Offering your expertise and experience to the AP Program can be both professionally and personally rewarding.
You can become involved today. Here are some options:
AP Higher Ed Visiting Fellows Programs
Since 2019, hundreds of faculty from highly selective institutions, public flagships, and other colleges and universities across the U.S. have provided input on the AP Exam and on the AP course and exam design process through the AP Higher Education Visiting Fellows Program. This program engages faculty consultants through two pathways:
Virtual Fellows in Assessment
Higher education faculty review an AP Exam in their area of expertise and provide feedback on the alignment between the AP Exam and assessments for the equivalent course offered at their institution.
Visiting Fellows in Course and Exam Design
A higher education faculty member in each participating subject observes the cycle of AP Exam development over the course of an academic year. Typically, the fellow participates in meetings of the AP development committee in their subject and then provides suggestions on how to ensure the AP course and exam remains current with disciplinary expectations, as well as about best practices for teacher professional development.
Past Visiting Fellows in Course and Exam Design include:
- AP Calculus: Oscar Fernandez, Wellesley College, and Anisah Nu’man, Spelman College
- AP Chemistry: Julia Miwa, Wellesley College, and William Alba, Carnegie Mellon University
- AP Computer Science A: Beth Simon, University of California San Diego, and Kevin Wayne, Princeton University
- AP English Literature: David Faulkner, Cornell University, and Domino Perez, University of Texas at Austin
- AP German Language: James Rankin, Princeton University, and Margaret Gonglewski, George Washington University
- AP Music Theory: Elizabeth Ozment, University of Virginia, and Susan Piagentini, Northwestern
- AP Physics C: Stefan Jeglinksi, University of North Carolina at Chapel Hill
- AP Seminar: Denise Comer, Duke University, and Robert Crosnoe, University of Texas at Austin
- AP Spanish Language: Johanna Liander, Harvard University, and Jabier Elorietta, New York University
- AP U.S. Government and Politics: Shanto Iyengar, Stanford University, and Terri Bimes, University of California, Berkeley
Become an AP Reader
Each June, college and university faculty and AP teachers from around the world gather for the annual AP Reading to score the free-response portion of AP Exams.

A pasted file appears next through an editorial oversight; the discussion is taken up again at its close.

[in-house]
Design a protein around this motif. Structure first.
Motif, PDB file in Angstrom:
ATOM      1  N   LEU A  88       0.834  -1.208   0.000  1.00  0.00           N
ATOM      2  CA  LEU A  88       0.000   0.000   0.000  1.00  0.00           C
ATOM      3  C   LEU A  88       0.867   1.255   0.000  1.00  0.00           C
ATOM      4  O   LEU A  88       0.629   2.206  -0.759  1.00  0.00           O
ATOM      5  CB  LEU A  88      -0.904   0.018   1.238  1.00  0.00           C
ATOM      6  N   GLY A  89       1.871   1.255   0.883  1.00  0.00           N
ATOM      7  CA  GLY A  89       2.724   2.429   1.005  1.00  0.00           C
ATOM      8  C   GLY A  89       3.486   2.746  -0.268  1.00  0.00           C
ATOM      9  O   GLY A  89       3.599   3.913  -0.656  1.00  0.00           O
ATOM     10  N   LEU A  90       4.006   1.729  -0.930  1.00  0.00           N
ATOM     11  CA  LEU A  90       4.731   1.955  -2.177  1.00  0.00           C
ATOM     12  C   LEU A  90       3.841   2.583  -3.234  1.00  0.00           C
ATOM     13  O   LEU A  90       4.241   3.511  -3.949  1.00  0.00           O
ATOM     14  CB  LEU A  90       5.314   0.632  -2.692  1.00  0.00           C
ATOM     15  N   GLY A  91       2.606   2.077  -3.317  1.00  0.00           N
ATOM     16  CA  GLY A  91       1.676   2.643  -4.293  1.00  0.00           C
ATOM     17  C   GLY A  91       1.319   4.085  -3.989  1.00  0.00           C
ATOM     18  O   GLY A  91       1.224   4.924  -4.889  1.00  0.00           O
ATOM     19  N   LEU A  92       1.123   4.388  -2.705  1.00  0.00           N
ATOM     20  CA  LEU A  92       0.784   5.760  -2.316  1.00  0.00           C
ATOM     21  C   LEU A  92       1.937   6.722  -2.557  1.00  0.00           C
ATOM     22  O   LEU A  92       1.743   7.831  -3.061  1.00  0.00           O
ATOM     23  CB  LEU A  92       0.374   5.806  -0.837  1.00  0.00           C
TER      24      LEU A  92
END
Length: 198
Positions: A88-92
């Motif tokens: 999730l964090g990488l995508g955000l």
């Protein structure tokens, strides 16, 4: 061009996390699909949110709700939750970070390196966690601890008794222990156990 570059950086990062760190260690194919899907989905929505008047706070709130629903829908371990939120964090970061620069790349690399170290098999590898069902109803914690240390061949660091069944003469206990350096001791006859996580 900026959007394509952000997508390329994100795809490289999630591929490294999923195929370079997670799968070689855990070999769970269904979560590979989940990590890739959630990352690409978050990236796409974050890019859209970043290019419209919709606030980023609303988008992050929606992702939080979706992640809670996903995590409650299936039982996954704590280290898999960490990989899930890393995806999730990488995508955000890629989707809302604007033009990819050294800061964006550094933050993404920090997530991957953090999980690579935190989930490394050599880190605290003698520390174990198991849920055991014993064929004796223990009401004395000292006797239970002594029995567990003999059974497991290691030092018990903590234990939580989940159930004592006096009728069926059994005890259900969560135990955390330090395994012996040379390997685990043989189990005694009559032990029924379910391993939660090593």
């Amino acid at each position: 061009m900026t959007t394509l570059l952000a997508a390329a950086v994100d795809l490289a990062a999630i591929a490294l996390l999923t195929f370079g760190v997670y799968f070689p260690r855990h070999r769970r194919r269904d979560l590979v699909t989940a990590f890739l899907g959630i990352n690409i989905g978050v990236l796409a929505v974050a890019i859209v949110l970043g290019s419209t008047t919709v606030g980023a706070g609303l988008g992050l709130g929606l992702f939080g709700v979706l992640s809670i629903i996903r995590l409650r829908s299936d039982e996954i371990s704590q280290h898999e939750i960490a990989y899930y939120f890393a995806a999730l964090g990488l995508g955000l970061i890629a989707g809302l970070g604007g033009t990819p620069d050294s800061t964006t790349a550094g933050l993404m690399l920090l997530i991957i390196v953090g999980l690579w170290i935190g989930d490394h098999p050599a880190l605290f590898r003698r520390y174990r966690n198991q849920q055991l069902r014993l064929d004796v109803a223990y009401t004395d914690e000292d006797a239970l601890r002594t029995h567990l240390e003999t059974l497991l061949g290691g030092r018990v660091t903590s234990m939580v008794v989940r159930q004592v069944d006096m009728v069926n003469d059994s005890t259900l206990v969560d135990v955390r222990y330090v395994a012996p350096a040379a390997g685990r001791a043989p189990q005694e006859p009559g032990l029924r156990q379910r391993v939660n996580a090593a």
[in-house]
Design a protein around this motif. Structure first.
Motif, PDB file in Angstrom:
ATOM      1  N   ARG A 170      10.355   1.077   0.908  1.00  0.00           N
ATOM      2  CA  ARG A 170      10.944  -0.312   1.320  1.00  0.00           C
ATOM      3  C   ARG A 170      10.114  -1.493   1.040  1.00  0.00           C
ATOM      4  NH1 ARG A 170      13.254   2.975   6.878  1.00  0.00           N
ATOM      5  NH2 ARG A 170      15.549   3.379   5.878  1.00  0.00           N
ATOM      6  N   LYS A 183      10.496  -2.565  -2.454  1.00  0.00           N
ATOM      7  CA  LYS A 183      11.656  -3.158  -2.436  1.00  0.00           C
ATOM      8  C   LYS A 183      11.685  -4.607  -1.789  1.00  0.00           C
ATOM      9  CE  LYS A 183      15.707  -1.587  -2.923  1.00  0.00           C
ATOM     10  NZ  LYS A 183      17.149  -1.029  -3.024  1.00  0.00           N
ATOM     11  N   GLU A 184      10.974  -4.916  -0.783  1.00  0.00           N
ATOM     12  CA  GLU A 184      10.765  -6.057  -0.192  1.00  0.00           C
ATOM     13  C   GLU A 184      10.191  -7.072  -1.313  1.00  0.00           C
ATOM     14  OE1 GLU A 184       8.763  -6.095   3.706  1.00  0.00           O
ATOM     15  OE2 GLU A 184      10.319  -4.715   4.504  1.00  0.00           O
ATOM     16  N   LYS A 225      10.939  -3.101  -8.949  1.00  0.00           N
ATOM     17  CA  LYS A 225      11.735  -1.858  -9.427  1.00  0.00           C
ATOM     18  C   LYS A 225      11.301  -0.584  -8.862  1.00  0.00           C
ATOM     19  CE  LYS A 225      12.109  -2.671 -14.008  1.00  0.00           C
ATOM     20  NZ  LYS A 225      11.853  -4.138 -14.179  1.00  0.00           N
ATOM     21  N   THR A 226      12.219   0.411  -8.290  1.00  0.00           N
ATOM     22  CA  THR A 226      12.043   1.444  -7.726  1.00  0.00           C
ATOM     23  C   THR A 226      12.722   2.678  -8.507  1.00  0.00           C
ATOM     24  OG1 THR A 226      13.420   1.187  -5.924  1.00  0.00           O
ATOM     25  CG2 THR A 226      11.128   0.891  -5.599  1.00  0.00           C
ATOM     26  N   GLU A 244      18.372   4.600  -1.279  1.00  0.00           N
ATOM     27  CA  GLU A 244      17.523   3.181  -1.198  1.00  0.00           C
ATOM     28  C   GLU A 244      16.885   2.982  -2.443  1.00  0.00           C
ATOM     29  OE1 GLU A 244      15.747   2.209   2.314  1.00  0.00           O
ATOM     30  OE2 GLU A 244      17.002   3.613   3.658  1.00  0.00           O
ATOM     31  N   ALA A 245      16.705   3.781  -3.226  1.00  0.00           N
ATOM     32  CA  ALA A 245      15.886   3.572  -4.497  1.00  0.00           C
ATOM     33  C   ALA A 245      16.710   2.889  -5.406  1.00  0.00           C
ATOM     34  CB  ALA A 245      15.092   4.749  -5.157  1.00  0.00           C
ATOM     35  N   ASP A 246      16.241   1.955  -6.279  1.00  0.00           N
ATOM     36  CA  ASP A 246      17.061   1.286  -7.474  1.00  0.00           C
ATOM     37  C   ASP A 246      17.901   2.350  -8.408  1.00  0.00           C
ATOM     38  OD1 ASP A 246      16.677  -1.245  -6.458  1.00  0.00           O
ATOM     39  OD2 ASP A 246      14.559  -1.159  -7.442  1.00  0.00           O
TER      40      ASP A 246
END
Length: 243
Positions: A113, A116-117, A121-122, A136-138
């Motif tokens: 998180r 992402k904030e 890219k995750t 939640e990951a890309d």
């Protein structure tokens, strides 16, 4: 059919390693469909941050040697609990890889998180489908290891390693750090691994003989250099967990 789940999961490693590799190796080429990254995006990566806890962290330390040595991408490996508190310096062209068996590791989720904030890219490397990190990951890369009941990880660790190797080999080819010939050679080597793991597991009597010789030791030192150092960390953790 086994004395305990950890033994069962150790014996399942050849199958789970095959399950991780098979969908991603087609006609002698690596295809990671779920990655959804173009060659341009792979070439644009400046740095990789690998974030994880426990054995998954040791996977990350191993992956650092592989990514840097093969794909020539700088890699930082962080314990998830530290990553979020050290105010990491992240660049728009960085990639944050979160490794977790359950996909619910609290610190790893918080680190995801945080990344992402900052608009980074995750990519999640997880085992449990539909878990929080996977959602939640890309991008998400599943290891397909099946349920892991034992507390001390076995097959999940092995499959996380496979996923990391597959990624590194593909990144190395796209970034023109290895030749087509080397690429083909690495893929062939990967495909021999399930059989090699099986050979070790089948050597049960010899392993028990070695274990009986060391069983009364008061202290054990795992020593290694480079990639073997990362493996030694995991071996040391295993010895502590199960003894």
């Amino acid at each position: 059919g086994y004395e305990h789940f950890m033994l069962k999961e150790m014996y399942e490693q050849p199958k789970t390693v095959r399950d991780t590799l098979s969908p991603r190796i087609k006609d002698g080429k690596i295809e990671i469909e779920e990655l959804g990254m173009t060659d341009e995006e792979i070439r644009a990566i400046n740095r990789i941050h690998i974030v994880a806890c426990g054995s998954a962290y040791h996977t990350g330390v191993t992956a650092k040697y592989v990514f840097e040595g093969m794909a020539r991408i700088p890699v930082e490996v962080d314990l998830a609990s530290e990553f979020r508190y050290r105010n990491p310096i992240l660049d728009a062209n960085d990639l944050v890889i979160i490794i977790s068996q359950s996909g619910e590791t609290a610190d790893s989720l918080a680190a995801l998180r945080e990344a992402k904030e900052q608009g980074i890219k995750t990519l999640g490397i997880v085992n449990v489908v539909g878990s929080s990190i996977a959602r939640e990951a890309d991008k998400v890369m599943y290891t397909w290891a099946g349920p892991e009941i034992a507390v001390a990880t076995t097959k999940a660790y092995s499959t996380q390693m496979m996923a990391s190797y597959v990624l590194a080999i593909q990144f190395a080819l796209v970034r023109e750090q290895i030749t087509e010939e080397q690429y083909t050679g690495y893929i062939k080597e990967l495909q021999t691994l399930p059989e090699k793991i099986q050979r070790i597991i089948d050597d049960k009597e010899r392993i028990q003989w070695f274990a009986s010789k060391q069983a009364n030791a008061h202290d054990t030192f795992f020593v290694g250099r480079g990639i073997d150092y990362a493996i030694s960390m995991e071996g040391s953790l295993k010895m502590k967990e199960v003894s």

According to a recent survey:
- 98% of readers who participate in the AP Reading have a positive experience
- Over 72% of returning Higher Ed AP readers have actually made changes to the way they teach or score work as a direct result of their participation in the AP Reading
Opportunities exist to score on-site, as well from a person’s home or office in some subjects. Learn more about becoming an AP reader.
Serve as a Subject Matter Expert
Higher education faculty are critical to the development and oversight of AP courses and assessments. There are multiple ways to contribute to the development and review of AP, as well as to advise College Board on the delivery and messaging of its programs.
- Serve on an AP Development Committee: Ensure that the AP curricula and exams meet the expectations of higher education institutions offering comparable college courses.
- Become an AP Consultant: Train teachers at annual summer professional learning events on the expectations higher education has for their students and give valuable insights and perspectives.
- Serve on Short-Term Advisory Boards for the AP Program: Help advise College Board on current directions in your discipline and on college-level expectations for students in your field. For more information on these weekend-long events, please email us at [email protected] with a copy of your curriculum vitae.
- Administer a sample AP Exam to your students for comparability: Help align AP Exams to comparable college courses by administering a section of an AP Exam to your students. The results are compared to the students’ final course grades and used to define the knowledge and skills required to earn scores on the AP Exam. Email us at [email protected] for more information.